TOP: Urn and “handles” made from redwood and decorated in trompe l'oeil painted scenes. Handle on one side broken across/though five (at least) planes, but was still attached. Some areas of wood and/or paint loss had occurred along break lines. Two major fragments of wood were present but detached completely. Handles were originally attached by use of cut nails and hide glue. Nails involved with the broken areas were generally bent and/or broken. Modern wire nails were also present in some of the repaired areas.
BASE: Turned base had been joined to urn by means of an integral dowel post and what appeared to be an amine/formaldehyde (modern) adhesive. Upper mating edge of base had cracked and had also been repaired with the above adhesive. Traces of two different hide glues were present on the joinery (covered by the amine based adhesive) as well. Discoloration of the amine based adhesive residues had occurred on the painted surfaces and was disfiguring. A new crack had developed adjacent to the old repair. The more recently damaged section was still attached to the base but was loose. There was some damage and loss to the paint around these areas. From examining the joinery of the base and the glue residues, it was evident that repairs/reattachment had occurred at least two times.
TOP: All exposed nails removed. Surface areas around breaks masked off. Epo-tek 301 low viscosity epoxy, instilled into cracks, detached fragments set/aligned into original position, and all clamped into correct alignment. Areas where joinery had cracked apart were injected with hot hide glue and clamped simultaneously with the epoxy repairs.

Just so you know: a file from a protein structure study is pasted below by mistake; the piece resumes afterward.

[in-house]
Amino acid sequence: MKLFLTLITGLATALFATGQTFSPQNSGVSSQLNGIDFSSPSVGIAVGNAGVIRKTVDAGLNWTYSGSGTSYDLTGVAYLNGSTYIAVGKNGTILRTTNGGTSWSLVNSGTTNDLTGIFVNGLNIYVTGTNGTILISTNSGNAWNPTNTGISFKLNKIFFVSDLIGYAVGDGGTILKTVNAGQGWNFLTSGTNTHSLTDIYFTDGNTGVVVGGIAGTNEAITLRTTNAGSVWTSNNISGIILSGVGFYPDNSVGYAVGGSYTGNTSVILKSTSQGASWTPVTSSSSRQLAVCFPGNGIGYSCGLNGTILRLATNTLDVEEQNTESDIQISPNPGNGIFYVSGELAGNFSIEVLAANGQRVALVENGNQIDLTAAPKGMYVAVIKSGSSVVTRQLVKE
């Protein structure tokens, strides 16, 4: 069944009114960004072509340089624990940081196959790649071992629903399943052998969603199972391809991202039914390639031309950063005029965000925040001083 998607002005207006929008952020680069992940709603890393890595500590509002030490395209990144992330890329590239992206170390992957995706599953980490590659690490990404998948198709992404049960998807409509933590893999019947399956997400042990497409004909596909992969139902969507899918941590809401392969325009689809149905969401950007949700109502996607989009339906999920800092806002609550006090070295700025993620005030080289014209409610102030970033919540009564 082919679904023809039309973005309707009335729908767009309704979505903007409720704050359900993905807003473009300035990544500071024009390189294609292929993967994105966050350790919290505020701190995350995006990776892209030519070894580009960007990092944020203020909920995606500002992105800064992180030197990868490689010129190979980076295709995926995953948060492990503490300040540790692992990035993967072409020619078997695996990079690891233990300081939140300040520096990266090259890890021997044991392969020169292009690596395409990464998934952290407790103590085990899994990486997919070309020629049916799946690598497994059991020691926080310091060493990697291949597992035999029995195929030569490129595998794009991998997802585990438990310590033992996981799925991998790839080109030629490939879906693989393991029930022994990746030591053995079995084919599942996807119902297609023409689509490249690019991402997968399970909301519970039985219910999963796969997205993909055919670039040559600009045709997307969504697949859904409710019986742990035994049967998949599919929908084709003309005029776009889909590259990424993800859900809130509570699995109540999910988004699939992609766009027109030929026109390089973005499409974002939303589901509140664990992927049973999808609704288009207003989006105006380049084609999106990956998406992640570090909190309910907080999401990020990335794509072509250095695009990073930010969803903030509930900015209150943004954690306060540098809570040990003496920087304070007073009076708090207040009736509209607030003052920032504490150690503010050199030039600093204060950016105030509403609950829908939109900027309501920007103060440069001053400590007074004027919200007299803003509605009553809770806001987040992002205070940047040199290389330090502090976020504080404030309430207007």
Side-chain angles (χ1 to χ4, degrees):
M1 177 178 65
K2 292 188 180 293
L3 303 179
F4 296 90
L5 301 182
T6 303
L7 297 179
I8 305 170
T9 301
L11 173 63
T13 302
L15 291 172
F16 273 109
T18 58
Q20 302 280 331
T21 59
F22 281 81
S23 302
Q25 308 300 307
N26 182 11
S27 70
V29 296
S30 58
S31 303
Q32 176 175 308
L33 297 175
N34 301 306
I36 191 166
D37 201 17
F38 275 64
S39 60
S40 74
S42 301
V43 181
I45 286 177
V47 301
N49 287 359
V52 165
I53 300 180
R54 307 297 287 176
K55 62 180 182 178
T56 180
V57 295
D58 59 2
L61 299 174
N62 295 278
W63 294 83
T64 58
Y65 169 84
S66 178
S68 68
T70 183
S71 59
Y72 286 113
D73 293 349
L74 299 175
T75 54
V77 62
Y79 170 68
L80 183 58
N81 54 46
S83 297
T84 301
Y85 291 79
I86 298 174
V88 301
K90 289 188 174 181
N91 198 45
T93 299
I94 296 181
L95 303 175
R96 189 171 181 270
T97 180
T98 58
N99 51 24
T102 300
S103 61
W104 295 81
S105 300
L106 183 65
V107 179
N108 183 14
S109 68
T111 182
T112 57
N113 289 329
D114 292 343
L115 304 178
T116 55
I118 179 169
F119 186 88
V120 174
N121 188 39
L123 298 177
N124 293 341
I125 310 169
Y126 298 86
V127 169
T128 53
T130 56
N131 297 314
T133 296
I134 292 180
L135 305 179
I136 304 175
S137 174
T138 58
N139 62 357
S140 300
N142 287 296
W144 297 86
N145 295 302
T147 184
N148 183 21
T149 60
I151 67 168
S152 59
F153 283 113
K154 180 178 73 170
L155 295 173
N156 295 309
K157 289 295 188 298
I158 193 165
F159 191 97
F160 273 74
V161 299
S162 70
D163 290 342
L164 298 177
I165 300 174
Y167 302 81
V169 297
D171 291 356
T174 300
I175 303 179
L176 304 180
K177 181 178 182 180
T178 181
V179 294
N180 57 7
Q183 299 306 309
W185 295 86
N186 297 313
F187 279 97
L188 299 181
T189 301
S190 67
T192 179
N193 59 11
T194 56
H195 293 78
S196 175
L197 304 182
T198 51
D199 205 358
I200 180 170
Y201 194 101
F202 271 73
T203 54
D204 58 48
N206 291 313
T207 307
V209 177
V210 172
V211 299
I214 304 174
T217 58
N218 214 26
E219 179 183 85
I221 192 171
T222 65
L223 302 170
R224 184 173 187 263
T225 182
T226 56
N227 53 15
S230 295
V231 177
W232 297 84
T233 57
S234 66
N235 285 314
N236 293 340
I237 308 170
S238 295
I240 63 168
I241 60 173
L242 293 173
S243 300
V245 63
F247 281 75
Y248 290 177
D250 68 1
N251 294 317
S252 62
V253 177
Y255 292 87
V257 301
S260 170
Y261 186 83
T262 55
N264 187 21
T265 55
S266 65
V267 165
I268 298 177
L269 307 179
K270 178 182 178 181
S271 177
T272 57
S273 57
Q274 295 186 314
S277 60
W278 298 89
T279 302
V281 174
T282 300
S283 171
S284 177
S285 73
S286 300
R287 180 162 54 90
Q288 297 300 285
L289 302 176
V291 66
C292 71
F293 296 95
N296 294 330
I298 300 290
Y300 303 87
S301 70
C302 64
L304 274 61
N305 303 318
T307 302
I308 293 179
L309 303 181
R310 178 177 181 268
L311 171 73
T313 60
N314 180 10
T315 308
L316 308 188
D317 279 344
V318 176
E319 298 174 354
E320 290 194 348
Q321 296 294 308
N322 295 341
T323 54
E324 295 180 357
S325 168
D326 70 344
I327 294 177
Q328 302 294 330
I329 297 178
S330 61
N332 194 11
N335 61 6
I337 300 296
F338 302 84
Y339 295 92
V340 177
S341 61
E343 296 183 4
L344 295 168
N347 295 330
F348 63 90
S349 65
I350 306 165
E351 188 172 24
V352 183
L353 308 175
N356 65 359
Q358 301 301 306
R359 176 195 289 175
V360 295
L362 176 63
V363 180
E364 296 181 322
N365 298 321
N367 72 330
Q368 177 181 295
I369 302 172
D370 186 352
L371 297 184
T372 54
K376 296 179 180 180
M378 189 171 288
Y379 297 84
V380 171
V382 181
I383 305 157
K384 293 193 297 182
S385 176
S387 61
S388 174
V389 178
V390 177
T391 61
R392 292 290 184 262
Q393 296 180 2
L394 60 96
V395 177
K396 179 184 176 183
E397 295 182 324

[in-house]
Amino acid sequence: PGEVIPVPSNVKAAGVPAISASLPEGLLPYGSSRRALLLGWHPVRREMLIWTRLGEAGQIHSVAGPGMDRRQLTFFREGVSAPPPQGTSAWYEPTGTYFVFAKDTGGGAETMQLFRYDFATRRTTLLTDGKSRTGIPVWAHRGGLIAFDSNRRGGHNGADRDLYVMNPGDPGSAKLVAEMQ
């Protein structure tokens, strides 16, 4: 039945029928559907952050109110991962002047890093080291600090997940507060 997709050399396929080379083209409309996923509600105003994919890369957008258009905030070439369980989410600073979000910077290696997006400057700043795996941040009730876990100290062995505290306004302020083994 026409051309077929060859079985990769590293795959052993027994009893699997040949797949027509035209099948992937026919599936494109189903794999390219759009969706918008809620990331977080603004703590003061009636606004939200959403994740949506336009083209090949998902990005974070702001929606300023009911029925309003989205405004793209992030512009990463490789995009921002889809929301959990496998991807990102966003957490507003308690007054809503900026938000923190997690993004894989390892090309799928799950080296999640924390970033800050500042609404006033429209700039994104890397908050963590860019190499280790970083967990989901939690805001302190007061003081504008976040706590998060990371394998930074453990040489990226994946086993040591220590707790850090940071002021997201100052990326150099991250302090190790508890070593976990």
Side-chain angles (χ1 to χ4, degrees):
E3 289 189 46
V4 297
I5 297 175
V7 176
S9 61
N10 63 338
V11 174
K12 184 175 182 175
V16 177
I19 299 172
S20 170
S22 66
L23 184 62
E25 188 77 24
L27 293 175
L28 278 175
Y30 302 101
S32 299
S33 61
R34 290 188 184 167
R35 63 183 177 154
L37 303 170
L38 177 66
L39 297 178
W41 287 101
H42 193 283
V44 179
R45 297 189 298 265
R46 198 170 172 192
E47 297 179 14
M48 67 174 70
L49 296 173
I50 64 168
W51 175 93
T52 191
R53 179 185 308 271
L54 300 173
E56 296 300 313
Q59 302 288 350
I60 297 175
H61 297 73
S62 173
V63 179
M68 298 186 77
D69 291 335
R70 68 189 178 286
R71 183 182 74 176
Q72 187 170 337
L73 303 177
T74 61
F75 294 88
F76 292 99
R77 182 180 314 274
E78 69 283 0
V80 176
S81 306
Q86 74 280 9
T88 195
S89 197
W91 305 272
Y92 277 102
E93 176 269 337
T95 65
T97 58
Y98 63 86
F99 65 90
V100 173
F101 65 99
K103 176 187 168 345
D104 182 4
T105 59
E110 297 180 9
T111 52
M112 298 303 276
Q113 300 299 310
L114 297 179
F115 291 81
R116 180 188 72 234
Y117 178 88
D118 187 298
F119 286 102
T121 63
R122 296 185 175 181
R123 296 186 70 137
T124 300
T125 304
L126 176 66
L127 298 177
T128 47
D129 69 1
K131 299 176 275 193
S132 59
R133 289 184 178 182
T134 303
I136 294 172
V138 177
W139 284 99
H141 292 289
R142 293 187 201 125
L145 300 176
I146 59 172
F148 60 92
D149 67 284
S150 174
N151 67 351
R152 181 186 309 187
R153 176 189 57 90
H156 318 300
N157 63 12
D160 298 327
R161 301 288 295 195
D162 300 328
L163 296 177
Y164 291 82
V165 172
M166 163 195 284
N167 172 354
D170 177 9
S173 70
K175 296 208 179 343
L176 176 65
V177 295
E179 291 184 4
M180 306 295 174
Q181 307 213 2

Areas of loss filled with an Aquazol silica microballoon/whiting mixture and then inpainted as necessary to match surrounding undamaged areas with Maimeri retouch (reversible) paints.
BASE: Excess adhesive residues removed mechanically as necessary from mating surfaces of dowel post and socket. Cracked areas around loose piece masked off and instilled with low viscosity epoxy.
The post set into the base was very short and the area of attachment relatively small. It was decided mutually by ‘Iolani Palace curation that a more secure method of attachment would be necessary.
A 7/16” diameter x 6” hole was made into the center of the socket. A matching hole was made in the center of the dowel post to a depth 7”. A threaded 3/8” diameter stainless steel rod was inserted into the holes and joinery coated with hot hide glue and assembled. Stainless steel rod was friction fit only.
Cracked/damaged areas around the repairs were inpainted as necessary, to match surrounding undamaged areas with Maimeri paints.